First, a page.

However, Bowman soon realized the hard way that we don’t live in a perfect world. After sending about 500 job applications — to which she got no response — she now manages at a job as a policy administration specialist, a job that does not require a college degree.

Bowman’s story isn’t an isolated example.

Statistics from Pew Research Center show that it is becoming increasingly harder for college graduates to find good jobs: a whopping 44 percent of college graduates work at jobs that don’t require a college degree, and 20 percent of college graduates work in low-wage jobs that pay below $25,000. That obviously doesn’t justify today’s average student debt of $37,172.

Here are some survival tips to help you cope as a fresh college graduate:

  1. Make Preparations before Graduating College: Considering the difficulties in getting quality jobs faced by college graduates today, it is best to start making preparations before graduating college. Research shows that employers still value job experience — and having experience as a paid intern makes things even better.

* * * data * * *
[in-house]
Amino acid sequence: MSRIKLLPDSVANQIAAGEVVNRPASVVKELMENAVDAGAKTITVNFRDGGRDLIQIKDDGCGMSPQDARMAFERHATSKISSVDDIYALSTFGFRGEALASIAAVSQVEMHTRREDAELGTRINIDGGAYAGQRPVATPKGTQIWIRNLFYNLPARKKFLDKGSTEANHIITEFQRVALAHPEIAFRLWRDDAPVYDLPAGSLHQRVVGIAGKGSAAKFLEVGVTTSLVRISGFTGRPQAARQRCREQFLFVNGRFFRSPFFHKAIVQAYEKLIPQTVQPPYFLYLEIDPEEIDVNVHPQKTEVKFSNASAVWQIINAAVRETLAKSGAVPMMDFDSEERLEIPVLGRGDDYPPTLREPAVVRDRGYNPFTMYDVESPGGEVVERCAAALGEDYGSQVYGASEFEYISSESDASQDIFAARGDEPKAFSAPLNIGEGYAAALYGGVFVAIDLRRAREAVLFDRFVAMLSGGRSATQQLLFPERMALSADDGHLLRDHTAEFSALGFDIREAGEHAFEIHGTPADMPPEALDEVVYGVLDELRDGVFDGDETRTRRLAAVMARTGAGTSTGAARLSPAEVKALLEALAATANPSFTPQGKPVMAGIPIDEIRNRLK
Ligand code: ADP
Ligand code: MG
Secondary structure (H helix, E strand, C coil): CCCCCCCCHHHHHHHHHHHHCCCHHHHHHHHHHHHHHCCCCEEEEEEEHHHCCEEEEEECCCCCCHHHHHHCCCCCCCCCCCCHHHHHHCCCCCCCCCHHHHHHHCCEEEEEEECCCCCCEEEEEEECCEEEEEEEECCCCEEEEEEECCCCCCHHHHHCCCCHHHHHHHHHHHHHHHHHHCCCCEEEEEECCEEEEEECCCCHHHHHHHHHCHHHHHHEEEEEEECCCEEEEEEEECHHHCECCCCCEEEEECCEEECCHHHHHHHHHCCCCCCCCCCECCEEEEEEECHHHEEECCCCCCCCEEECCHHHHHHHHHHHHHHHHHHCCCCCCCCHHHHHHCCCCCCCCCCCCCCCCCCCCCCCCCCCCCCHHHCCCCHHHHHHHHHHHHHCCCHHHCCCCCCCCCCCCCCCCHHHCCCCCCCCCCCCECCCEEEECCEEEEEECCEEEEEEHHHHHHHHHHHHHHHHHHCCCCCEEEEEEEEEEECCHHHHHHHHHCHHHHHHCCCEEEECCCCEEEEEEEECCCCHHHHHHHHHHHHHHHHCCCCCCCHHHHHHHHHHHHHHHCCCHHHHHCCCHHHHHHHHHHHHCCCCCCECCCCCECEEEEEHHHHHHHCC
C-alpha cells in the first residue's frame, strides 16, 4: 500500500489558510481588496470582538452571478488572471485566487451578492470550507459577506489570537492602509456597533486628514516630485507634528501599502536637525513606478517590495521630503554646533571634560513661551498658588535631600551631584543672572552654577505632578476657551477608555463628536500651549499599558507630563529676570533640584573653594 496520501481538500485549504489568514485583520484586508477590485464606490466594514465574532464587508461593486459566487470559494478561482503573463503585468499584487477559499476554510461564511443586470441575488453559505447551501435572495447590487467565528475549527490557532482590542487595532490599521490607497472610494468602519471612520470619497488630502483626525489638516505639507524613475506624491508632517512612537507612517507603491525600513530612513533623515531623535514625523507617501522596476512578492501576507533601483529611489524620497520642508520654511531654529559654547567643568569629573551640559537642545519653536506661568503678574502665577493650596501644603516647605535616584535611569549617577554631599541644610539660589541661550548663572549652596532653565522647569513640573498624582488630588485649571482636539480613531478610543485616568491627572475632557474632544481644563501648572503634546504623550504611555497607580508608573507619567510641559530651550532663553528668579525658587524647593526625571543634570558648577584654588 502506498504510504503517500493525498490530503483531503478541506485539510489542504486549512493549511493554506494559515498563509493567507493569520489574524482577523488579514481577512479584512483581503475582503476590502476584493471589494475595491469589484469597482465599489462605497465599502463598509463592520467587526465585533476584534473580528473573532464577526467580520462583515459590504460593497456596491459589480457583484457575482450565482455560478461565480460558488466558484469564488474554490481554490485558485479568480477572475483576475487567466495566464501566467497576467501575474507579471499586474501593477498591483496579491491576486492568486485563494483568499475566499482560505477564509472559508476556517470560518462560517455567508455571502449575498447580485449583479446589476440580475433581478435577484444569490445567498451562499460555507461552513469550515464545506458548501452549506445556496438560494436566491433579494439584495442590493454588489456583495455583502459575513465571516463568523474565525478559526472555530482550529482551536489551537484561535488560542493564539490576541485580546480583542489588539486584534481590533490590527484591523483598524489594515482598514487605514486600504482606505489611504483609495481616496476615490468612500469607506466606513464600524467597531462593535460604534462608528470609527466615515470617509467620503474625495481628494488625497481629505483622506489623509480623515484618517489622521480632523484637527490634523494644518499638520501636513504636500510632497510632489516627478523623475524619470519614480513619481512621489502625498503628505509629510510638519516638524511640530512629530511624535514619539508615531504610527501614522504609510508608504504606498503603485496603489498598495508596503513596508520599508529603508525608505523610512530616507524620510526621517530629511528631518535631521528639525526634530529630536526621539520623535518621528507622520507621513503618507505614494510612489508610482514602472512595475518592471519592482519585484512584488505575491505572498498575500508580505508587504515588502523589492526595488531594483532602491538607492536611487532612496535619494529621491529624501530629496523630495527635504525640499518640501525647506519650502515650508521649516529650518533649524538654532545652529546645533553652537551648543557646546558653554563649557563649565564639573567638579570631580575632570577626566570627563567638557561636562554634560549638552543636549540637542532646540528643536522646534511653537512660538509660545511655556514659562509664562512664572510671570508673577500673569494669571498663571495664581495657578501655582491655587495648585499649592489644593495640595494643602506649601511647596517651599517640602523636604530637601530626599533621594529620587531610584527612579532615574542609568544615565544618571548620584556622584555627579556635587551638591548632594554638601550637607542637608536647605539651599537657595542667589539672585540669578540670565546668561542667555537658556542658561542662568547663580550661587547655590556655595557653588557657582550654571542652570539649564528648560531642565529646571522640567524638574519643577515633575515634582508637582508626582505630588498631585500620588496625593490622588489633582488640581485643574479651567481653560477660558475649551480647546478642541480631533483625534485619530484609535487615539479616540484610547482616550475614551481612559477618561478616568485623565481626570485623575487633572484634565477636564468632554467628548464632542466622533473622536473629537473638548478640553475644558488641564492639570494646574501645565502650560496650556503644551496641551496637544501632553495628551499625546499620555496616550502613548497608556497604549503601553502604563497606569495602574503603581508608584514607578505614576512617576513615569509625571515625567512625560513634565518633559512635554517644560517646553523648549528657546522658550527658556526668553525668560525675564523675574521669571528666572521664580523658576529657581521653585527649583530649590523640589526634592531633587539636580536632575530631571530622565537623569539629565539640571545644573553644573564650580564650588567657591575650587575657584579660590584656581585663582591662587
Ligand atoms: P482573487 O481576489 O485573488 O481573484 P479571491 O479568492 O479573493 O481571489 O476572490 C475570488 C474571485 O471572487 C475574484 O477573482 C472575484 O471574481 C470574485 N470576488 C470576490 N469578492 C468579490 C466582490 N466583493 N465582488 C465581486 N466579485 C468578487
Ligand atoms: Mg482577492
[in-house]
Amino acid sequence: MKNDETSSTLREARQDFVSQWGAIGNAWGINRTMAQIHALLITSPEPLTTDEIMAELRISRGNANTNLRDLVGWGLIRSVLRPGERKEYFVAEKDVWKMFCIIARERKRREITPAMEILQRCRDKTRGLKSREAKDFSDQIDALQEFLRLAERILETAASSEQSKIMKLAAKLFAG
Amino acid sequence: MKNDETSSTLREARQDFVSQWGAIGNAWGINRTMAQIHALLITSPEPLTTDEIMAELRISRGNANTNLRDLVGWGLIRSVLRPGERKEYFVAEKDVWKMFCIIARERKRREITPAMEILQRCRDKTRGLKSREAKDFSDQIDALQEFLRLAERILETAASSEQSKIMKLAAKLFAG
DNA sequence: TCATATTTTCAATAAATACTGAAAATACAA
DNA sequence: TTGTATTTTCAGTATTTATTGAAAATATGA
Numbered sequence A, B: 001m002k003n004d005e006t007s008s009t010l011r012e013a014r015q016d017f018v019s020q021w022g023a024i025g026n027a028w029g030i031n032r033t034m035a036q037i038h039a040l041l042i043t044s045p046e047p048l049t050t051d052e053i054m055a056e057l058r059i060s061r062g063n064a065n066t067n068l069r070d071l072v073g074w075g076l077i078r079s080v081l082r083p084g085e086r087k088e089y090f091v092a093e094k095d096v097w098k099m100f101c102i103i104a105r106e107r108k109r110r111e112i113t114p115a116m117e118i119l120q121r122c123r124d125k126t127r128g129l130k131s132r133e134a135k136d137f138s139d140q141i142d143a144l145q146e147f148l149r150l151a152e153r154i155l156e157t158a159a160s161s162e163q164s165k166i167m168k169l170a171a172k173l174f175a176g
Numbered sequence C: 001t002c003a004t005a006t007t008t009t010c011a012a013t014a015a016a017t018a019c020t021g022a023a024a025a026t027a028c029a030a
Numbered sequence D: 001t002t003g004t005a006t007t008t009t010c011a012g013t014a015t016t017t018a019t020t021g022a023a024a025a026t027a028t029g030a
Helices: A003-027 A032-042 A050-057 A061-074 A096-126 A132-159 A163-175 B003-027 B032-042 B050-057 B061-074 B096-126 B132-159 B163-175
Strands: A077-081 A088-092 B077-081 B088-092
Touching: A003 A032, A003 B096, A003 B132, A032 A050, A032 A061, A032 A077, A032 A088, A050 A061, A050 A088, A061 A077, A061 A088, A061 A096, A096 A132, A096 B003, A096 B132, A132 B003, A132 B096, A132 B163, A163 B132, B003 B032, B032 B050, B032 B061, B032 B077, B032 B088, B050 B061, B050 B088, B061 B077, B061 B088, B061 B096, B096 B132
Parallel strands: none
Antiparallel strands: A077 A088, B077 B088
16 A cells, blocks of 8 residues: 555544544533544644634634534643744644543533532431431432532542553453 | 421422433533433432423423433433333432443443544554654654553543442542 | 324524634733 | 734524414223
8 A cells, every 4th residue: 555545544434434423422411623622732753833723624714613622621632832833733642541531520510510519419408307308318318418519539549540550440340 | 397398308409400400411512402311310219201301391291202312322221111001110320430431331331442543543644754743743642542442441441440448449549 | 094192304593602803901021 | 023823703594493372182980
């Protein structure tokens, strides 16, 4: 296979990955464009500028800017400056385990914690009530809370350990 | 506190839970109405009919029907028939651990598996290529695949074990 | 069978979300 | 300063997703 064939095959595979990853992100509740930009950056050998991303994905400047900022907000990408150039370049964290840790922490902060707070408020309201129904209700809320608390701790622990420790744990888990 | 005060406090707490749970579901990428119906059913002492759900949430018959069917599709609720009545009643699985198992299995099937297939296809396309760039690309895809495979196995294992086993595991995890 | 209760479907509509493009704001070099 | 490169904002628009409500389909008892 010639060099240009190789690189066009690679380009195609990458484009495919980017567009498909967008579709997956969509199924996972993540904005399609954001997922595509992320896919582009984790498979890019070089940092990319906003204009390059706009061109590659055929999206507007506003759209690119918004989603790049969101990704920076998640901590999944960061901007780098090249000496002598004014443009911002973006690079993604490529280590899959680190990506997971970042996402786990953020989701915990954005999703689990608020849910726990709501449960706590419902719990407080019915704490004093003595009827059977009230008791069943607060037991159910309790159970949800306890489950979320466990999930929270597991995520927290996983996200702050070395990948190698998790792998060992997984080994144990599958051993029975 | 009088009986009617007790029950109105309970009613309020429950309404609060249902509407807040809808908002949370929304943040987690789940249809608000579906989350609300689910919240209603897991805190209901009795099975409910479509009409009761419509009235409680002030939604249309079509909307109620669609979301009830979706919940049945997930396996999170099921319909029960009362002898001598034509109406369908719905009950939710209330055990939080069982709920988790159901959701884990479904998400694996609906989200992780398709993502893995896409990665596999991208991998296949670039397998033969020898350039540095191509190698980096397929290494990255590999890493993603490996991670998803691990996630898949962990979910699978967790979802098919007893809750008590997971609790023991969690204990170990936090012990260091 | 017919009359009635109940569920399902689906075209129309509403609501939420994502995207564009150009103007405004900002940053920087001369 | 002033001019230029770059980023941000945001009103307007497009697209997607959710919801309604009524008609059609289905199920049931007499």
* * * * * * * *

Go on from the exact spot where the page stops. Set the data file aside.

The good news is that you don’t have to be out of college to get relevant job experience. You can still intern while in college; look for relevant organizations that have internship organizations for you while you’re still in college, and slowly build up your work experience. By the time you graduate, you don’t have to be disadvantaged due to lack of work experience.

  1. Get Creative About Job Applications: As a fresh graduate, don’t assume that you can get hired by applying to advertised jobs. Some sources show that up to 80 percent of jobs are unadvertised.

Instead:

  • Regularly reach out to family and friends to inquire about unadvertised job openings they know of.
  • Avoid having your life story on your cover letter. Research shows that recruiters spend less than 10 seconds going through it. Keep your cover letter short and simple.
  • Don’t ignore the internet in your job search. Apparently, 80 percent of recruiters have hired people through LinkedIn. Create and polish your LinkedIn profile.
  • Don’t just wait while you try to get hired. Take advantage of technology to accelerate your prospect of getting hired: you can start a blog or create a simple website. Case studies abound of people who got hired through their blog/website, and many said employers were wowed more by their blogs than by their degree.
  1. Pursue Side Jobs and Alternate Career Options: Many college graduates wait for years, sending hundreds of job applications, without getting their dream job and spending all that time doing nothing. This eventually leads to depression.